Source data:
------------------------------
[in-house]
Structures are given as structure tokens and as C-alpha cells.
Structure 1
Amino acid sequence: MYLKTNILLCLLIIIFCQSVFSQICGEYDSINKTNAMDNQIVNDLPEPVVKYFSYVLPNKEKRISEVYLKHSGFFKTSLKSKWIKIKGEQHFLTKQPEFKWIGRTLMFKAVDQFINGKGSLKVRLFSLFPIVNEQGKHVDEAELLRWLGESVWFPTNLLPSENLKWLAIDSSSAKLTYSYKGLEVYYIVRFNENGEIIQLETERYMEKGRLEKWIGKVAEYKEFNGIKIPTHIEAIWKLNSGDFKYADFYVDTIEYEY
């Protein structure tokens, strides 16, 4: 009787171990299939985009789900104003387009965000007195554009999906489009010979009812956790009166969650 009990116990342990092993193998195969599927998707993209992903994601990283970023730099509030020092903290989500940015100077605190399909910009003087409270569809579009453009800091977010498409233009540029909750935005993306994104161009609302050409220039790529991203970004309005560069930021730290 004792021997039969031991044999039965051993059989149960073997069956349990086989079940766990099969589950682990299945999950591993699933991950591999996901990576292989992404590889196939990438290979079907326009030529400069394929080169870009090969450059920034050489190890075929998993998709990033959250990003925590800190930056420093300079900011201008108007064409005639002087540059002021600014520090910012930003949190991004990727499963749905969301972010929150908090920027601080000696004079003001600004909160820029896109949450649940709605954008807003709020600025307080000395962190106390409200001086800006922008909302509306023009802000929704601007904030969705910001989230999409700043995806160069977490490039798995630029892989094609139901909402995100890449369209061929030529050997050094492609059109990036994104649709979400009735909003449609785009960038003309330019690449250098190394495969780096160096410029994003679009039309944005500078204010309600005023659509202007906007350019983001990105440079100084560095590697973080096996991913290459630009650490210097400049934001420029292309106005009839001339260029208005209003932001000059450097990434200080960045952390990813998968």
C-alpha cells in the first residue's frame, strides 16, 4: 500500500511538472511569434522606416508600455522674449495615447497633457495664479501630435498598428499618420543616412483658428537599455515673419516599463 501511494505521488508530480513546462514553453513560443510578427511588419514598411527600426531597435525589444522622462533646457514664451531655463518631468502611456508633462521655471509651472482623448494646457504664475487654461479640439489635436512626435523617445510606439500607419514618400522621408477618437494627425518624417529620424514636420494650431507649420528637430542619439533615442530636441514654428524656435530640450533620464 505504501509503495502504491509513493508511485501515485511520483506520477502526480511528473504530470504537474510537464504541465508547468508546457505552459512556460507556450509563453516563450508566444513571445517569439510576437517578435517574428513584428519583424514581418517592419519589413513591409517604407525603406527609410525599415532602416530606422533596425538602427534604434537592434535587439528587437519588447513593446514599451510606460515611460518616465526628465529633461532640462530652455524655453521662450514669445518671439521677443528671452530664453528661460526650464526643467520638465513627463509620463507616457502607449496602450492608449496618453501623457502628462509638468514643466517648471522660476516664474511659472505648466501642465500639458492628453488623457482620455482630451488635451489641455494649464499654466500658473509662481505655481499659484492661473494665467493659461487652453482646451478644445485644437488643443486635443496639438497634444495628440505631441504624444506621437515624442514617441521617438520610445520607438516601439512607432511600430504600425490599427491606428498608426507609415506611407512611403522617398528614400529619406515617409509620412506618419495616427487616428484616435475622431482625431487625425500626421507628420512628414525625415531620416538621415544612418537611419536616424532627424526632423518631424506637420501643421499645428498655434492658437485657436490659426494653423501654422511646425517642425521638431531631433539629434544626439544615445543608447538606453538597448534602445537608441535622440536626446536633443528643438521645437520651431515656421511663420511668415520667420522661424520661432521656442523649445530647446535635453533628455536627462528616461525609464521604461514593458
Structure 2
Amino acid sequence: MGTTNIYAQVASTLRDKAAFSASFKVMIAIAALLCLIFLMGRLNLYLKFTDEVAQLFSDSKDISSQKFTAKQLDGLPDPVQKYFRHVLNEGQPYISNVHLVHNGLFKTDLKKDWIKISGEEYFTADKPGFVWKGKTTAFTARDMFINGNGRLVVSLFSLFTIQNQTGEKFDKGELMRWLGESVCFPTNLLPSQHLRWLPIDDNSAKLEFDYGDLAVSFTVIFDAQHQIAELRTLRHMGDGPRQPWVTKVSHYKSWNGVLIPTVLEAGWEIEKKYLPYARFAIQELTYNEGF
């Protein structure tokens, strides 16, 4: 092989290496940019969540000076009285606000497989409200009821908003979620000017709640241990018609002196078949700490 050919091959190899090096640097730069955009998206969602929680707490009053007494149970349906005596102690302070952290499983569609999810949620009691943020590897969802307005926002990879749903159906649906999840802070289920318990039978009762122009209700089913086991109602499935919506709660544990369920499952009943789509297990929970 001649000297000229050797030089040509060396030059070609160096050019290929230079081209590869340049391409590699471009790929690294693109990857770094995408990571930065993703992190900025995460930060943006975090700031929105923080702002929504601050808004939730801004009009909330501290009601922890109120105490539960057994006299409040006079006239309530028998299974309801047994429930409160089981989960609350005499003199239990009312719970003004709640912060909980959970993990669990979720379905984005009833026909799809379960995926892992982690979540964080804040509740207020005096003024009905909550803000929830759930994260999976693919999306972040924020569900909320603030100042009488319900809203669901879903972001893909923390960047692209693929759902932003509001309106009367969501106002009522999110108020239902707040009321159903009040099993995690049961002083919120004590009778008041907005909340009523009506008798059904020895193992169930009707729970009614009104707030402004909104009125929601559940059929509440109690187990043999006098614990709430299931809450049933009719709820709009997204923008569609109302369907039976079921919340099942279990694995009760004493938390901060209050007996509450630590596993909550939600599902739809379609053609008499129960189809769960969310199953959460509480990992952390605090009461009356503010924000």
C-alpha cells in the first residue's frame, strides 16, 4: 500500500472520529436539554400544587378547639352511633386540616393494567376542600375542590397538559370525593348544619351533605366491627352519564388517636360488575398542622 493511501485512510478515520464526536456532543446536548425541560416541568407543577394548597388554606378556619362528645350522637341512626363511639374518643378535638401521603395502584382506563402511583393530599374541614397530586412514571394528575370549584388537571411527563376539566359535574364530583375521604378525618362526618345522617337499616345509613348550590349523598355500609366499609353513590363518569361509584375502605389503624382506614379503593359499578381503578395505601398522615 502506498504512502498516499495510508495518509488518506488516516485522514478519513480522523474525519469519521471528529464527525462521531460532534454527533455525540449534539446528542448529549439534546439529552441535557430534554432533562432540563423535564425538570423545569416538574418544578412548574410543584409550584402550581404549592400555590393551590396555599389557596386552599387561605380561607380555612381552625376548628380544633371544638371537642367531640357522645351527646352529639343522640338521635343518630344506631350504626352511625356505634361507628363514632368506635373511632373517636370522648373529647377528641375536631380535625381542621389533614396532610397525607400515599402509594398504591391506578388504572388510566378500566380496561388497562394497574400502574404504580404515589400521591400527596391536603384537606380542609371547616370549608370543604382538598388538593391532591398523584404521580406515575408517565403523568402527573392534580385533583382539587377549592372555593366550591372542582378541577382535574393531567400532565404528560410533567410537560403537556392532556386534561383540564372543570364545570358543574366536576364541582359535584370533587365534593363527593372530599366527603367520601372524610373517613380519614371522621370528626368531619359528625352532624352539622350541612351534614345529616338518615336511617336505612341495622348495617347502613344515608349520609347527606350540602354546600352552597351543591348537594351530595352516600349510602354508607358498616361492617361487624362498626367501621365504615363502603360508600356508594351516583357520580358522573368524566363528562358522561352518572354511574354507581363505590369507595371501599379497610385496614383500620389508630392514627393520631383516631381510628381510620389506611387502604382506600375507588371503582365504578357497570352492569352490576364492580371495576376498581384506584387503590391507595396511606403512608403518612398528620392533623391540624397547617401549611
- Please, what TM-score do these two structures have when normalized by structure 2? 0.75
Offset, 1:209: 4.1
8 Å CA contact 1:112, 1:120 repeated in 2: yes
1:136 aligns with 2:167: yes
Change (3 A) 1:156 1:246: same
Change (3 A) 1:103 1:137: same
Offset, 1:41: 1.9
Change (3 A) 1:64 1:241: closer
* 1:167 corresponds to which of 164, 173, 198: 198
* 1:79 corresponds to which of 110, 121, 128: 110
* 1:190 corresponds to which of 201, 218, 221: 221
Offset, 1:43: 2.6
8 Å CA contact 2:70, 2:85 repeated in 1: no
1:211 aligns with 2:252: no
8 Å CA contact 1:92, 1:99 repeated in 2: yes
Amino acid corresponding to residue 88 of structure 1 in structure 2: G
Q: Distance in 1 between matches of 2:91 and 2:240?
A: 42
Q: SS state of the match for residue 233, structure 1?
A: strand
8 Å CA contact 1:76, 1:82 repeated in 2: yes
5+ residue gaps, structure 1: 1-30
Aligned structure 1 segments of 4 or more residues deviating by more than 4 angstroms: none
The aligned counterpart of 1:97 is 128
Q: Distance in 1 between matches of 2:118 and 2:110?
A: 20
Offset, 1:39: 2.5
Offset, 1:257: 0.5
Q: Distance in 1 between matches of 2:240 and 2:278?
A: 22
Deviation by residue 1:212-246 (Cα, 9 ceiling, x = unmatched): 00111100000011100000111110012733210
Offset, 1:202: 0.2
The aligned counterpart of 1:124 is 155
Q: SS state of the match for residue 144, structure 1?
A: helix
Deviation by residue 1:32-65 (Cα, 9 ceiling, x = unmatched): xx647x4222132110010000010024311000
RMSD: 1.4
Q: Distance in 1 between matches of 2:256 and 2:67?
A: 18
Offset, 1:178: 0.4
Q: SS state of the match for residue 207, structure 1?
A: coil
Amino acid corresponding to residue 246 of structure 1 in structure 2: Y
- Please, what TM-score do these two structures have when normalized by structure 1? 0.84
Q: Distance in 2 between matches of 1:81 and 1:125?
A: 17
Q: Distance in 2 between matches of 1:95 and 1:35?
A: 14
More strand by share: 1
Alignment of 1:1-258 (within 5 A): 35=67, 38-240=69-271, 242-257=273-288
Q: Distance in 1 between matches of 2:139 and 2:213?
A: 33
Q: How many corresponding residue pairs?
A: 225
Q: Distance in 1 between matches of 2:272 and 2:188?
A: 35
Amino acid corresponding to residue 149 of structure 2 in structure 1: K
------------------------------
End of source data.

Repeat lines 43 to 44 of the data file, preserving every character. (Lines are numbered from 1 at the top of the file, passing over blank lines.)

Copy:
The aligned counterpart of 1:124 is 155
Q: SS state of the match for residue 144, structure 1?